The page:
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Can someone here help me establish that $\lim\limits_{t \rightarrow \infty} S(t) = \Lambda/\mu$, given that:

$\frac{dS}{dt}=\Lambda-\mu S-\beta \frac{S}{N}(H+C+C_1+C_2)-\tau \frac{S}{N}(T+C)$

$N(t)=S(t)+H(t)+C(t)+C_1(t)+C_2(t)$

$\Lambda,\beta,\tau,\mu > 0$

$\text{As} \ \ t \rightarrow \infty, \ T,H,C,C_1,C_2 \rightarrow 0?$


My attempt:

$\frac{dS}{dt}=\Lambda-\mu S-\beta \frac{S}{N}(H+C+C_1+C_2)-\tau \frac{S}{N}(T+C) \leq \Lambda-\mu S.$ Clearly if $S > \Lambda/\mu,$ then $dS/dt<0.$ Since $dS/dt$ is bounded by $\Lambda-\mu S,$ a standard comparison theorem can be used to show that $S(t) \leq S(0)e^{-\mu t} + \frac{\Lambda}{\mu}(1-e^{-\mu t}).$ In particular, $S(0) \leq \frac{\Lambda}{\mu} \Rightarrow S(t) \leq \frac{\Lambda}{\mu}.$

Also, since $T,H,C,C_1,C_2 \rightarrow 0 \ \ \text{as} \ \ t \rightarrow \infty,$ $$(\forall \delta>0)(\exists T>0)\left(t \geq T \implies \left|-\beta\frac{S}{N}(H+C+C_1+C_2)-\tau\frac{S}{N}(T+C)\right|<\frac{\delta}{2}\right).$$ If we take $S \geq \frac{\Lambda-\delta}{\mu},$ then $\Lambda-\mu S \leq \delta.$

Hence $\frac{dS}{dt}=\Lambda-\mu S-\beta \frac{S}{N}(H+C+C_1+C_2)-\tau \frac{S}{N}(T+C) \leq \frac{3\delta}{2}.$

If we take $S \leq \frac{\Lambda+\delta}{\mu},$ then $\Lambda-\mu S \geq -\delta.$

Hence $\frac{dS}{dt}=\Lambda-\mu S-\beta \frac{S}{N}(H+C+C_1+C_2)-\tau \frac{S}{N}(T+C) \geq -\frac{3\delta}{2}.$


Question: How do I conclude?

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One can synthetize the relevant assumptions as the fact that $S'(t)=\Lambda-\mu(t)S(t)$ where $\mu(t)\to\mu$ when $t\to\infty$ and $\mu\gt0$.

For every $\nu\gt\mu$, there exists some $t_\nu$ such that $\mu(t)\leqslant\nu$ for every $t\geqslant t_\nu$. Then $S'(t)\geqslant\Lambda-\nu S(t)$ for every $t\geqslant t_\nu$. The RHS is positive for every $S(t)\lt S_\nu$, where $$S_\nu=\Lambda/\nu,$$ hence, if $S(t)\lt S_\nu$ for some $t\geqslant t_\nu$, then the function $t\mapsto S(t)$ is increasing until $S(t)\geqslant S_\nu$ hence $\liminf\limits_{t\to\infty}S(t)\geqslant S_\nu$. Likewise, for every positive $\nu\lt\mu$, $\limsup\limits_{t\to\infty}S(t)\leqslant S_\nu$.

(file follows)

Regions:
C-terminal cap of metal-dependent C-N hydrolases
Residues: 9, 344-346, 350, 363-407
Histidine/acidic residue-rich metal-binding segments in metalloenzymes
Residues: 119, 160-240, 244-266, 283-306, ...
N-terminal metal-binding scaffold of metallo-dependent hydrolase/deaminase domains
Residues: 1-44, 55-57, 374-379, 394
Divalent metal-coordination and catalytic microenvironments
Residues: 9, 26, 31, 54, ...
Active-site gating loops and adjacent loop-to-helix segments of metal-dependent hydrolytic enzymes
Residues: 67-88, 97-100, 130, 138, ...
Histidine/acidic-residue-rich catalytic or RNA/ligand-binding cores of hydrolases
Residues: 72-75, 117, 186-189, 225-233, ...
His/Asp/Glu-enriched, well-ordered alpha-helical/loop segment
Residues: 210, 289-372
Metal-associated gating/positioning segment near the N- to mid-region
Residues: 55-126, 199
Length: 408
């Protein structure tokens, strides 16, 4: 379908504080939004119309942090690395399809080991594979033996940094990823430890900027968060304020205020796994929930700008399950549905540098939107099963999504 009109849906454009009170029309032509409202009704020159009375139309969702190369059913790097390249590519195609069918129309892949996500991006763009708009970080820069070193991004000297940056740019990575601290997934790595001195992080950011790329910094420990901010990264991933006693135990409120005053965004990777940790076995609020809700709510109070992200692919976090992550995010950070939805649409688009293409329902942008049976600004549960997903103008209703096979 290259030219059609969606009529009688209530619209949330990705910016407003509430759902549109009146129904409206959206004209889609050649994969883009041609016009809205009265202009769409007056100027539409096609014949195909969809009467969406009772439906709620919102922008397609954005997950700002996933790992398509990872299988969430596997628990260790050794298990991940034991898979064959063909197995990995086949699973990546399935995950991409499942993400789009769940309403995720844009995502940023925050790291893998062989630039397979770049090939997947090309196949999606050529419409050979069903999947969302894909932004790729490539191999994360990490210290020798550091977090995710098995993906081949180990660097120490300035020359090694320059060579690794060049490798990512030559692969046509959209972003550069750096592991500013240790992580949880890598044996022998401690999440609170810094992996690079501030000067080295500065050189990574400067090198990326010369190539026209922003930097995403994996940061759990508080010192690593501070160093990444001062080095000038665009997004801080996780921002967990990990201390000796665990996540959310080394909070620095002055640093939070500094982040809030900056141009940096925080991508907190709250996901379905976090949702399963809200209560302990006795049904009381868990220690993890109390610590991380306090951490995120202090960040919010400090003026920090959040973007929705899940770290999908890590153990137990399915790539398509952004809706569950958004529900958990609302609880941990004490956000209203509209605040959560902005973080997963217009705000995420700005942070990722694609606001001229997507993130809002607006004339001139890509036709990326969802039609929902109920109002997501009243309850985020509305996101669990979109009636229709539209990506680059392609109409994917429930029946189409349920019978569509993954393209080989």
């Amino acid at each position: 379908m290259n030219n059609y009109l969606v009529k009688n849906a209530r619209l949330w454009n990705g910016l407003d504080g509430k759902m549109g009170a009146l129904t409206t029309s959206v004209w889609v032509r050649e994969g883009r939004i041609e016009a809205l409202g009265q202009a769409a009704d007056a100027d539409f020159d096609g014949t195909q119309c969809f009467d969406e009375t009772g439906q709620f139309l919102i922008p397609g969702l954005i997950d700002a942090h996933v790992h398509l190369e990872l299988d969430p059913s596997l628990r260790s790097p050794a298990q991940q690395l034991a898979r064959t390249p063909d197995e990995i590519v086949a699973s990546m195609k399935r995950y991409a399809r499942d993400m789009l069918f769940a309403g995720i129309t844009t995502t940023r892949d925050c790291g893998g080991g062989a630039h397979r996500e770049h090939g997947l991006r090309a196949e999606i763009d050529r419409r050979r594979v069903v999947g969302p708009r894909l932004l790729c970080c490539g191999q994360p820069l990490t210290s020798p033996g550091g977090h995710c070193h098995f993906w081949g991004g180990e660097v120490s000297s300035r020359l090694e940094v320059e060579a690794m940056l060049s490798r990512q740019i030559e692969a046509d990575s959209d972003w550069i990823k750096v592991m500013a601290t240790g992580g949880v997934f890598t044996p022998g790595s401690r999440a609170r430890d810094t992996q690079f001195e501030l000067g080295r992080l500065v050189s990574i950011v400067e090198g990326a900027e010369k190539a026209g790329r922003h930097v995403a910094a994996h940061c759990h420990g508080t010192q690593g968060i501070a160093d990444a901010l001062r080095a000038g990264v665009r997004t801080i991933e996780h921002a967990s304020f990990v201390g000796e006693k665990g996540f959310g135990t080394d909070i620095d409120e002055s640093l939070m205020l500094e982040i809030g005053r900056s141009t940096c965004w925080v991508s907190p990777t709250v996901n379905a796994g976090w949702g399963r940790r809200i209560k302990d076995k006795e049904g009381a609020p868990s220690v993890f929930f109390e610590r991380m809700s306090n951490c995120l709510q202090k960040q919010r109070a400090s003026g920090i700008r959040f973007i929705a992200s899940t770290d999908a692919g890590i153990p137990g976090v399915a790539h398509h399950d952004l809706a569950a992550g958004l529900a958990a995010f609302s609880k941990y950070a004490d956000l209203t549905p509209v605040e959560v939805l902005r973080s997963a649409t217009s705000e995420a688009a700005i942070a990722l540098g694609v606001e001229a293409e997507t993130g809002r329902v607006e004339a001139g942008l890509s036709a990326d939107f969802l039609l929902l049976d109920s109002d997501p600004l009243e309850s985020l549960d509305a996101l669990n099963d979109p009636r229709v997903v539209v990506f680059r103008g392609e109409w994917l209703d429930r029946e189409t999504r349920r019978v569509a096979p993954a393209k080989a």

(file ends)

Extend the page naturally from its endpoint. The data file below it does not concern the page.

Thus, $S_{\mu+\varepsilon}\leqslant\liminf\limits_{t\to\infty}S(t)\leqslant\limsup\limits_{t\to\infty}S(t)\leqslant S_{\mu-\varepsilon}$ for every positive $\varepsilon\lt\mu$. When $\varepsilon\to0^+$, $S_{\mu+\varepsilon}\to S_\mu$ and $S_{\mu-\varepsilon}\to S_\mu$, hence $\liminf\limits_{t\to\infty}S(t)=\limsup\limits_{t\to\infty}S(t)=S_\mu$, that is, $\lim\limits_{t\to\infty}S(t)=S_\mu$.

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  • $\begingroup$ Finish what? First, my answer is complete. Second, the proof in your comment is absurd. $\endgroup$ – Did Jan 4 '15 at 16:40
  • $\begingroup$ ((Comment by the OP deleted.)) $\endgroup$ – Did Jan 4 '15 at 17:18
  • $\begingroup$ Before "thus", one establishes a lower bound on the liminf and an upper bound on the limsup. After "thus", one puts them together. Thus, "thus". (And imbecility is off-topic here.) $\endgroup$ – Did Jan 4 '15 at 18:05
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    $\begingroup$ Sure, since the lower bound on the liminf holds for every $\nu\gt\mu$ and the upper bound on the limsup holds for every $\nu\lt\mu$. $\endgroup$ – Did Jan 4 '15 at 18:11

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